While the kids are at school, she does laundry, walks the dog, goes to the grocery store, returns library books, shops for her elderly mother, volunteers at the kids’ schools (the three of them are in two different schools), and makes phone calls for a fundraiser. At 3pm, she races to school – late, again. One child goes to tennis, one to dance, the other to piano lessons. On Wednesdays, it’s karate, basketball and art. At 7pm Cheryl pulls out chicken nuggets and pasta for her kids and they begin two hours of homework. She checks all their work and corrects their mistakes. On Tuesday and Thursday nights the schedule changes when her oldest child has hockey practice. Dinner those nights is from a drive-thru, eaten in the back of the car. Cheryl’s husband comes home from work around 8:30pm, except for the nights he’s traveling or at his son’s hockey games.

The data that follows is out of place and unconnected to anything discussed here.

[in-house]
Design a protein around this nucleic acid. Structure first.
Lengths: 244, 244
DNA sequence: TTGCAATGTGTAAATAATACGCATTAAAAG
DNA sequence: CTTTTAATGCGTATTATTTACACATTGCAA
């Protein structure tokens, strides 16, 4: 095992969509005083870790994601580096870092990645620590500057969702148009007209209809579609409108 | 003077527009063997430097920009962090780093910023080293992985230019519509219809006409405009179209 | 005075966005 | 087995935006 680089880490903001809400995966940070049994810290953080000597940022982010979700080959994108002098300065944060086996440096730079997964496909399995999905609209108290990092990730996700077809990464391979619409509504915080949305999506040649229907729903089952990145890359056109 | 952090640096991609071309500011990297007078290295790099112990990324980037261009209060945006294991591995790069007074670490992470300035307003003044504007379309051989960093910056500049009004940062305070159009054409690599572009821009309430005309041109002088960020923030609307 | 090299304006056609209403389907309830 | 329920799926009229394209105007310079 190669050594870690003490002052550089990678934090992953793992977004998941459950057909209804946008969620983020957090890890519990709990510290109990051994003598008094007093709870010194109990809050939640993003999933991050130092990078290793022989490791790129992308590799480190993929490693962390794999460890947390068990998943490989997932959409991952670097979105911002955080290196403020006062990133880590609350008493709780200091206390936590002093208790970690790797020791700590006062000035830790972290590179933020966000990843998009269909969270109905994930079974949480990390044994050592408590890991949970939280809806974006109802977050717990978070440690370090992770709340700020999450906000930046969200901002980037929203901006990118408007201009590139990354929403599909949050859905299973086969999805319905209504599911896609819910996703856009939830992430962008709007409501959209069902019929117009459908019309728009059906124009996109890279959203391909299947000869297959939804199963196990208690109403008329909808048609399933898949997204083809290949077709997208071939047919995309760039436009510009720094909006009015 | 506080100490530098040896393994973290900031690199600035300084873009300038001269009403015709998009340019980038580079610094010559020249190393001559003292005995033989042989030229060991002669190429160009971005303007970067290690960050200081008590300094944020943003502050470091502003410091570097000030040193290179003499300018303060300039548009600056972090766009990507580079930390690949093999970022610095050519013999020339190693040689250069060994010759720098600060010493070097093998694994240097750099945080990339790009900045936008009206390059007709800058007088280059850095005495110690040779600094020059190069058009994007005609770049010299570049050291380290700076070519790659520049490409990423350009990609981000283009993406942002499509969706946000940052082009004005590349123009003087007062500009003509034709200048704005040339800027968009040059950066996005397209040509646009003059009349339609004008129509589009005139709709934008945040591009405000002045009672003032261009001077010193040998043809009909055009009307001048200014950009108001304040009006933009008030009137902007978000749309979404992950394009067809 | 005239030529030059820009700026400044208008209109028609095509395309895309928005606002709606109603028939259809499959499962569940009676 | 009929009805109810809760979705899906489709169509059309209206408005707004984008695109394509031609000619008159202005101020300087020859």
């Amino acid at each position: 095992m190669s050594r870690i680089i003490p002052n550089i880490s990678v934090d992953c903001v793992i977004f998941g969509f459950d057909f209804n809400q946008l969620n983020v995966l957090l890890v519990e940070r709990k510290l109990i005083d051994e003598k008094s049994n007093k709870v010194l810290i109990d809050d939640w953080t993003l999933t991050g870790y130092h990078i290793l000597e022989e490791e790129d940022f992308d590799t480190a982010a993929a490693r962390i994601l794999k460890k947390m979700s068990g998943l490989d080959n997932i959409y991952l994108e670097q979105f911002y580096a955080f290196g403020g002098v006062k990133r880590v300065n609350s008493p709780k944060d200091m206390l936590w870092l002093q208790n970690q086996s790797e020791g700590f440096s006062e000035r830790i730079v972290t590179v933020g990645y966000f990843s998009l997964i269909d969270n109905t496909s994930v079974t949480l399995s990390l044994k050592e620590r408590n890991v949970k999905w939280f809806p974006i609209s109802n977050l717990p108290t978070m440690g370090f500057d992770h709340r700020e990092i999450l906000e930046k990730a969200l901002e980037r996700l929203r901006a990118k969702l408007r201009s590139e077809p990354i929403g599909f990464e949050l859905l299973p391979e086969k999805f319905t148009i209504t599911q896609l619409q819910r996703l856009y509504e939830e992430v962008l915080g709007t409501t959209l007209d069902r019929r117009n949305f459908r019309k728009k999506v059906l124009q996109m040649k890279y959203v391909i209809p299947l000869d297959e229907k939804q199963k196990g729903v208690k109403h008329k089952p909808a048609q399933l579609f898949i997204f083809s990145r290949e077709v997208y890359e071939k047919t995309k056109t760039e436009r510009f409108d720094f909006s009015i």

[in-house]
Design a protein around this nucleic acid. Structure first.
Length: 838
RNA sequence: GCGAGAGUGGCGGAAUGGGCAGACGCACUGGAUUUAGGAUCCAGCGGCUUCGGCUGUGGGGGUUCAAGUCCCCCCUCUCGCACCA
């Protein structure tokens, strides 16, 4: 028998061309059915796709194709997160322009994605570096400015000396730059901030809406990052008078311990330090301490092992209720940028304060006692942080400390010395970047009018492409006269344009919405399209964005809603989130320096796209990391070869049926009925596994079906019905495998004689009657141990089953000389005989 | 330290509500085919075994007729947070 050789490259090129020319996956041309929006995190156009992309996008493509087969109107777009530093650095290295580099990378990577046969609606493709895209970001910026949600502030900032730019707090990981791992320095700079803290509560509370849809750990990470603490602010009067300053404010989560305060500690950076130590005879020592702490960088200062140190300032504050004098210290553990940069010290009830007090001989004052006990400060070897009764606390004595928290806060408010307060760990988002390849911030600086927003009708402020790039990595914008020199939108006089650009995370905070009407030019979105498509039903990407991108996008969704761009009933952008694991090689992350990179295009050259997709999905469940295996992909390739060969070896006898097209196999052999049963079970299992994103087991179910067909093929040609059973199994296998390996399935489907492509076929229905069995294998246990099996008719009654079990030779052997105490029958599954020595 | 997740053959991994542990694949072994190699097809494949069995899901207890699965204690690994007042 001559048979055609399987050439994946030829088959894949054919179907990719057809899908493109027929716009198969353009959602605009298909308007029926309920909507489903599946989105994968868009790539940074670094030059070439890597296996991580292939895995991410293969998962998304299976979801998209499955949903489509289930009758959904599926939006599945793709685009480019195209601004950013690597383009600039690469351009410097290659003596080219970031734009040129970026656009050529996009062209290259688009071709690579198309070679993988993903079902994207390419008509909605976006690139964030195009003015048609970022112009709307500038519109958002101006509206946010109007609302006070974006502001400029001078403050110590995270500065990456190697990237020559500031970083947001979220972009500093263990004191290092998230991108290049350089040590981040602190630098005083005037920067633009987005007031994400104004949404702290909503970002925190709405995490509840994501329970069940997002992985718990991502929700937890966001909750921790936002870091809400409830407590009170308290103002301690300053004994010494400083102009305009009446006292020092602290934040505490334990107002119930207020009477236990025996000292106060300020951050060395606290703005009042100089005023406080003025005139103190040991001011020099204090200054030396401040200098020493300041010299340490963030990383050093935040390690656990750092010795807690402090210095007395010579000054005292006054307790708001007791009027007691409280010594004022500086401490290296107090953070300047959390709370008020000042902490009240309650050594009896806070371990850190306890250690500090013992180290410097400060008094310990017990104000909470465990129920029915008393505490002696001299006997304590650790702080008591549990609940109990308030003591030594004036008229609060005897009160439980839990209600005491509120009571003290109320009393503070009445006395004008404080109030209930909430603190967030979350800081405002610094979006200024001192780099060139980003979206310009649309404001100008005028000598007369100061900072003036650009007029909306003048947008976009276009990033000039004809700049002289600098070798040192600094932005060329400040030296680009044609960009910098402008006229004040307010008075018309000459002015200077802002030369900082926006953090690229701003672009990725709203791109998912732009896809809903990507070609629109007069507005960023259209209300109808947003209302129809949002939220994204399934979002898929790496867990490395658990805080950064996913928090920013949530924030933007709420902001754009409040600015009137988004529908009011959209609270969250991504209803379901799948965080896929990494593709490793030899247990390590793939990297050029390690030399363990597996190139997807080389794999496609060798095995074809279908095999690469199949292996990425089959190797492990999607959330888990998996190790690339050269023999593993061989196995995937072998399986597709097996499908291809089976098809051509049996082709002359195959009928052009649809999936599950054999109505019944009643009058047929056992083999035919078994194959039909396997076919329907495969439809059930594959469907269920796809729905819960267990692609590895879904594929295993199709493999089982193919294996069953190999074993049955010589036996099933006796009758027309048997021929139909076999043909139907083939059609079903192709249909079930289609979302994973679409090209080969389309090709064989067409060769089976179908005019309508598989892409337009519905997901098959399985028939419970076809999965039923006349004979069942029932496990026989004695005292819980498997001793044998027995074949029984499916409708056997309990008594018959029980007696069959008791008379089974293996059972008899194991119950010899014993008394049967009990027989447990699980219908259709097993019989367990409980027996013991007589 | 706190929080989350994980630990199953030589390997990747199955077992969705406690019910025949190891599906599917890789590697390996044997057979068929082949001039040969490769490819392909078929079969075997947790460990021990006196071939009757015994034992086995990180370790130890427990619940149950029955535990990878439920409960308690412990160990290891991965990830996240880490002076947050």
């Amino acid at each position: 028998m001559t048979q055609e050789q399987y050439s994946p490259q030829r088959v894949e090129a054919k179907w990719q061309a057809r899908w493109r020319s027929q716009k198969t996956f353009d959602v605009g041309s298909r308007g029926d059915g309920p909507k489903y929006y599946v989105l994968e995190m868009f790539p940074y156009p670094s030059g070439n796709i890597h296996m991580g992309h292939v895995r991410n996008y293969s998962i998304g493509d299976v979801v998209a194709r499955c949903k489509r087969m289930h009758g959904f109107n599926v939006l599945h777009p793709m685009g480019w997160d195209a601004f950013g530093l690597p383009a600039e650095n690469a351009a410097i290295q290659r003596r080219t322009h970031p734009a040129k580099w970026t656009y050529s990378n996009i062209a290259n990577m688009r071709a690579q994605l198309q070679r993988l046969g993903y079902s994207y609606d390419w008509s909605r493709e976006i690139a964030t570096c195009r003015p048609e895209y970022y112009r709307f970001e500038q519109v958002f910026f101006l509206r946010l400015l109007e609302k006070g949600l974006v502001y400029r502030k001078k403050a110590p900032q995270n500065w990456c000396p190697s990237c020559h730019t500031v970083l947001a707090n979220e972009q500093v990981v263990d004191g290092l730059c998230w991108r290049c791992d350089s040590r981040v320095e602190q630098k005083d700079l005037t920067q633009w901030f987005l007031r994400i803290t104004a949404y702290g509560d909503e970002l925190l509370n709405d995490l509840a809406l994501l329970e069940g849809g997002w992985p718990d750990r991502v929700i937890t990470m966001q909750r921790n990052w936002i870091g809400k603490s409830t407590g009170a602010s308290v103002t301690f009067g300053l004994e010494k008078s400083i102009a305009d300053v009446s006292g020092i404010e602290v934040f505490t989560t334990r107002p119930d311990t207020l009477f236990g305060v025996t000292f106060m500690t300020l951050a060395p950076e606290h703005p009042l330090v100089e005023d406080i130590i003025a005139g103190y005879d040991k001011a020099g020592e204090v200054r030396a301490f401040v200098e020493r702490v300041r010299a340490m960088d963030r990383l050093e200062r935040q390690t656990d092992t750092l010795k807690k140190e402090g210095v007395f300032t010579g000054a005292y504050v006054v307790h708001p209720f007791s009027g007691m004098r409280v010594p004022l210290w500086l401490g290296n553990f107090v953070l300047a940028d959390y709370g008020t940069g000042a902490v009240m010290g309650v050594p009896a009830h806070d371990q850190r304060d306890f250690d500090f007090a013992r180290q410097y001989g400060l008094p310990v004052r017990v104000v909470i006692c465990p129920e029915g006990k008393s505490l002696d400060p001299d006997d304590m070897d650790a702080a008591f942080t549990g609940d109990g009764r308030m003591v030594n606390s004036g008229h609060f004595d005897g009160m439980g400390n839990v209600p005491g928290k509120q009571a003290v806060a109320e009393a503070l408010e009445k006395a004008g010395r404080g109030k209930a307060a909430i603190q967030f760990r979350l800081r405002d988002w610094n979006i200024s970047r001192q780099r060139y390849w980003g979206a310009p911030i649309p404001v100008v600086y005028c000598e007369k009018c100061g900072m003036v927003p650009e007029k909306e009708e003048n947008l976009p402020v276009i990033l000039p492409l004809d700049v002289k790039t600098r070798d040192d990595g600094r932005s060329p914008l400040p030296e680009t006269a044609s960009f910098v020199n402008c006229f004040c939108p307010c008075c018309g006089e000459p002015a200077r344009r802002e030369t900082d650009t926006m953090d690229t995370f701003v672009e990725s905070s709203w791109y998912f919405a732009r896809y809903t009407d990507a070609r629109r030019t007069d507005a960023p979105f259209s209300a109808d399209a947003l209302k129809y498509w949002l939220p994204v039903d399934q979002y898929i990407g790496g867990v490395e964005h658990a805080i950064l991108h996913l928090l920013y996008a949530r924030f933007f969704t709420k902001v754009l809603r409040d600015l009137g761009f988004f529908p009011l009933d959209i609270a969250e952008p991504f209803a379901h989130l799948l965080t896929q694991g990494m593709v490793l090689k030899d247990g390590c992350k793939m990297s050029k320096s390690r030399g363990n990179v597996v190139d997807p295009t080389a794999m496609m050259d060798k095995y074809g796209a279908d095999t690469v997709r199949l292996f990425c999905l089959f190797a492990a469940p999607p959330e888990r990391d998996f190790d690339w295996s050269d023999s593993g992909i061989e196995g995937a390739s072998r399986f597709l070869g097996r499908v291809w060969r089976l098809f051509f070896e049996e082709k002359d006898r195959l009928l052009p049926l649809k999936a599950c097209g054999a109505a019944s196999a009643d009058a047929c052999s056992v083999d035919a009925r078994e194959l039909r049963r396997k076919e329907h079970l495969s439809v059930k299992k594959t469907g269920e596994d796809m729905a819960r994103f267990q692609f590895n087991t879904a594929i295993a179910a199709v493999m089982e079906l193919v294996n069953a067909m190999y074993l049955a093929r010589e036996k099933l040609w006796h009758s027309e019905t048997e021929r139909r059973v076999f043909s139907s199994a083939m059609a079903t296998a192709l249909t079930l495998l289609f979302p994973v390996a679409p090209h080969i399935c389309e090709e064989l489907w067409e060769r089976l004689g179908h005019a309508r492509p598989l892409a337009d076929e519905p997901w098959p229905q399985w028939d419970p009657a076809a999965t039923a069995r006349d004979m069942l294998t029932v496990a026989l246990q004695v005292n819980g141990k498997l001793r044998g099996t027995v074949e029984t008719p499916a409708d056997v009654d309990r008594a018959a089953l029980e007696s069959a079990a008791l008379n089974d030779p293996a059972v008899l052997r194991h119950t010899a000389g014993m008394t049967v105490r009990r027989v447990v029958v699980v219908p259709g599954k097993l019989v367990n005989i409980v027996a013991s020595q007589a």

At 10 pm, Cheryl gets her kids into bed and falls, half dead, into her own bed. Her husband, a night owl, stays up watching TV or surfing the Internet until 1am. At dawn the next day, it starts all over again.
Sound at all familiar? Should be. Because most of Cheryl’s friends are just like her.
Here’s something I know to be true: where you put your attention will grow more important in your life. So where is Cheryl’s attention? On her kids. And we will all say, “Yep, your kids should be your Number One priority.” But friends, there’s priority and there’s over-focus.